Recently, I flew from Virginia to Houston and, one week later, to Charleston, SC, on a plane known as the Embraer 145. It's a thin tube that seats up to 47 that's good for short flights. These days, United Airlines fly them halfway across the country. My first flight had me in the back row, next to the jet engines and lavatory. I had time to observe and listen to the engines. I knew the next ship I would be boarding had engines like these. When I found out my next flight's seat assignment, I went for Economy Plus. As on a ship, those turbines are best enjoyed 75 feet from, and cumulative inches of aluminum or steel away.
Boarding my next ship was the reason I came to Charleston. When I landed at the bustling small airport on a Saturday, I noticed I was the only flyer in work attire instead of golfing clothes. I did get to see the sights, and got there by city bus. The stop was marked with an old concrete post in a gritty industrial district where the ship was docked. As the bus rolled towards downtown, old factories were used by artisans and mainstream producers. Many call the barebone bus systems of medium-sized cities "transportation of last resort", but its timeliness to the schedule was impressive and made it worth riding.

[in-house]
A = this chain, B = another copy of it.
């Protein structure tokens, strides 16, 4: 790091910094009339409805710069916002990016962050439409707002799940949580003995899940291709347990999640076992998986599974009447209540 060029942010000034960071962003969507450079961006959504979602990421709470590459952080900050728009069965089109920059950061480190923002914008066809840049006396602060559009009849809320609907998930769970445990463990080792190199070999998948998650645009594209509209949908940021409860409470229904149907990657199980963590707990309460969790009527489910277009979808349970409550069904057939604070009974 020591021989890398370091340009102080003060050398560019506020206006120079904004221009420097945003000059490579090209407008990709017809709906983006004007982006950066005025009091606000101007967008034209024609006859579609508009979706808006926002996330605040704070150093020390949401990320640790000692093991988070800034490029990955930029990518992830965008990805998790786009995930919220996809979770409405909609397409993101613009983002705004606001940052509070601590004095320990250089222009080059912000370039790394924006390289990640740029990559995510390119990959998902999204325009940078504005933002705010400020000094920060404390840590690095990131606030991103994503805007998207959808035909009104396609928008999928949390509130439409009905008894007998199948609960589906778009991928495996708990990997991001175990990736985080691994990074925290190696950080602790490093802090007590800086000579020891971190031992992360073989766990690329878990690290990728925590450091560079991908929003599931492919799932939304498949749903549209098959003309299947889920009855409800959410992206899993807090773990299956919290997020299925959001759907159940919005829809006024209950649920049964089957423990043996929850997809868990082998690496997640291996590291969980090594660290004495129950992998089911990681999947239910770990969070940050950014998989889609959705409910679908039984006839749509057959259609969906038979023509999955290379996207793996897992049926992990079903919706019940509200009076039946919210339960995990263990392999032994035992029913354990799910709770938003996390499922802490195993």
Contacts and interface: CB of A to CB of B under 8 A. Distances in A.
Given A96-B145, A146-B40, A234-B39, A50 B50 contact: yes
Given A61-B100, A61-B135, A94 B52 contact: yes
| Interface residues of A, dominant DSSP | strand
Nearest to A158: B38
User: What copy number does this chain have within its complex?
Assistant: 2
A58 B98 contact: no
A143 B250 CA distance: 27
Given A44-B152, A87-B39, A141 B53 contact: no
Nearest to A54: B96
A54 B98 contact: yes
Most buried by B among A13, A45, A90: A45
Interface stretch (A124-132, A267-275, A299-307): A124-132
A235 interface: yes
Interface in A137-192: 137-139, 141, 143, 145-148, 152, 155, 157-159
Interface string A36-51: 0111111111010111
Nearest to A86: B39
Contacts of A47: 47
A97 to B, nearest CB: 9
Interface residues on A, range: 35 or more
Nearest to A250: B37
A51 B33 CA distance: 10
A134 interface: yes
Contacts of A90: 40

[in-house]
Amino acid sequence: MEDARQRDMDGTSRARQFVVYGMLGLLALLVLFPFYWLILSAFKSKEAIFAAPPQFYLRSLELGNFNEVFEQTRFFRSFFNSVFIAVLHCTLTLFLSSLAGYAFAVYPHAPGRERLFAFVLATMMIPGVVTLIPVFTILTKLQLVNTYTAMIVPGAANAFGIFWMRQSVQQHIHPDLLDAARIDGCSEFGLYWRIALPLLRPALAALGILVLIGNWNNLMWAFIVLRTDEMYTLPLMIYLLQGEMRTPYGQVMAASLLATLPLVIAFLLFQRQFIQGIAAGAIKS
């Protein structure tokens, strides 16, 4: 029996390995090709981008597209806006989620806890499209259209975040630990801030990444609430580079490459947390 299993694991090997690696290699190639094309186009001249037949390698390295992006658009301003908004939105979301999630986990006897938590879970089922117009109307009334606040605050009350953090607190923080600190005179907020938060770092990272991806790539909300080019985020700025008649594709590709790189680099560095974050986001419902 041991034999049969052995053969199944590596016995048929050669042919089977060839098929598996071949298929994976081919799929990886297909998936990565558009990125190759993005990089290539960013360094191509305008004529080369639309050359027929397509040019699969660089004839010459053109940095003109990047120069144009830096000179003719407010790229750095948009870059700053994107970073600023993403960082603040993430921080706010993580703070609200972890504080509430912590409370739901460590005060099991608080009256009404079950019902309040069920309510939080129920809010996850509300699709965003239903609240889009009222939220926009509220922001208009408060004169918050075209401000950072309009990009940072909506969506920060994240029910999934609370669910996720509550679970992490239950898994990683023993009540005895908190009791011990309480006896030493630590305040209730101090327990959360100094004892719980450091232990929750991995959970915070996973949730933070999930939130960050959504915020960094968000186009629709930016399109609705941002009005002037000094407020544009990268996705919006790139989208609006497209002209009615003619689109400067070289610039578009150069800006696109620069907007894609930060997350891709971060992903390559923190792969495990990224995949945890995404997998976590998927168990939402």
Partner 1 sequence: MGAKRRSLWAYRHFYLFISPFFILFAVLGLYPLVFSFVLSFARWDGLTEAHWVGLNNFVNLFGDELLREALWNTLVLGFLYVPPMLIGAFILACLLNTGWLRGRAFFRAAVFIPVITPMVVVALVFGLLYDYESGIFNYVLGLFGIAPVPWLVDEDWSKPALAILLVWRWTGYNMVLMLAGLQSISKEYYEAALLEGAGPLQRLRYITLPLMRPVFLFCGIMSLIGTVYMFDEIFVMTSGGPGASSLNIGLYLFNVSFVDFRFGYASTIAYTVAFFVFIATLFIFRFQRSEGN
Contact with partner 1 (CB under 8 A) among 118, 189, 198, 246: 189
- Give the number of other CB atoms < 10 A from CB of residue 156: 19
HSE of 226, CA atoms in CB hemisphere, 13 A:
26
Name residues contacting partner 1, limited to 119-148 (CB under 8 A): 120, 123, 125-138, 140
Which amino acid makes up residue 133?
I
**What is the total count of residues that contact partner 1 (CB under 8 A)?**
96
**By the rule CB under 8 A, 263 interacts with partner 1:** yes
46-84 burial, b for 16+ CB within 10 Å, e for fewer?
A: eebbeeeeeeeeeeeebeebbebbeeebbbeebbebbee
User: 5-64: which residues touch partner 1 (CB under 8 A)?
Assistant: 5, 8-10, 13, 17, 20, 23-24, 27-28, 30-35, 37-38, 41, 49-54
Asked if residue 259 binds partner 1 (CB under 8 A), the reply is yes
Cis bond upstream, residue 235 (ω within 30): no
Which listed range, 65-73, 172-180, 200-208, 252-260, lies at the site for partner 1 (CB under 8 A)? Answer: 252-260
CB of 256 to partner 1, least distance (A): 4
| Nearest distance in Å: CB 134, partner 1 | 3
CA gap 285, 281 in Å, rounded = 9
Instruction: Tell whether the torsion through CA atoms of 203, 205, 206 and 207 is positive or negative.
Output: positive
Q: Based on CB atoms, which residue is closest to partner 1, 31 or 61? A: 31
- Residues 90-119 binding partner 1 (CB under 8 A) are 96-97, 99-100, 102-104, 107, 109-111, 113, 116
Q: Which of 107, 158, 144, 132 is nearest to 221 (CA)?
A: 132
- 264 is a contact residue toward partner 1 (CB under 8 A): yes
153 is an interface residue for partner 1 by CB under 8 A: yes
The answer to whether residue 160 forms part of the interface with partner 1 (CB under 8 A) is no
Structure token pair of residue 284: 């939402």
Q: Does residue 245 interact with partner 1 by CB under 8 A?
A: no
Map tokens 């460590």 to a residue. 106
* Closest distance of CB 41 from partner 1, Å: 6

The ship I'm on, from a class known as the second generation of "AOEs", have hulls of the old liner ships that traversed the oceans in the days before jet planes. Built at the end of the Cold War, I am sure that some of the designers of the AOEs had experience in those majestic passenger ships built in the 1940's and 1950's. Those passenger ships sailed with steam turbines, a technology that today is used by most conventional and nuclear power plants.
The jet age brought us aeroderivative gas turbines, in use by all fine navies and some high speed ocean ferries. After 1980, steam turbines gave way to diesel engines for most ships, and gas turbines on higher-speed ships such as Cunard's ocean liners. With the AOE's being constructed during the fall of the Soviet Union, the 1990's Navy soon bought a class of even larger logistics ships designed to be crewed by civilians, also propelled by gas turbines. Then computers got smarter; replacing a robust, but expensive part of steam- and gas- turbine ships known as the reduction gear. With power management software, multiple efficient diesel generators could provide electricity to turn a large electric motor attached to the ship's propeller. Enough kilowatts provided the energy needed to propel the ships at high speeds. The AOEs and their cousins known as the AKRs (which I sailed on at the USMMA) mark a certain time frame in history where speed was bought at the cost of fuel efficiency.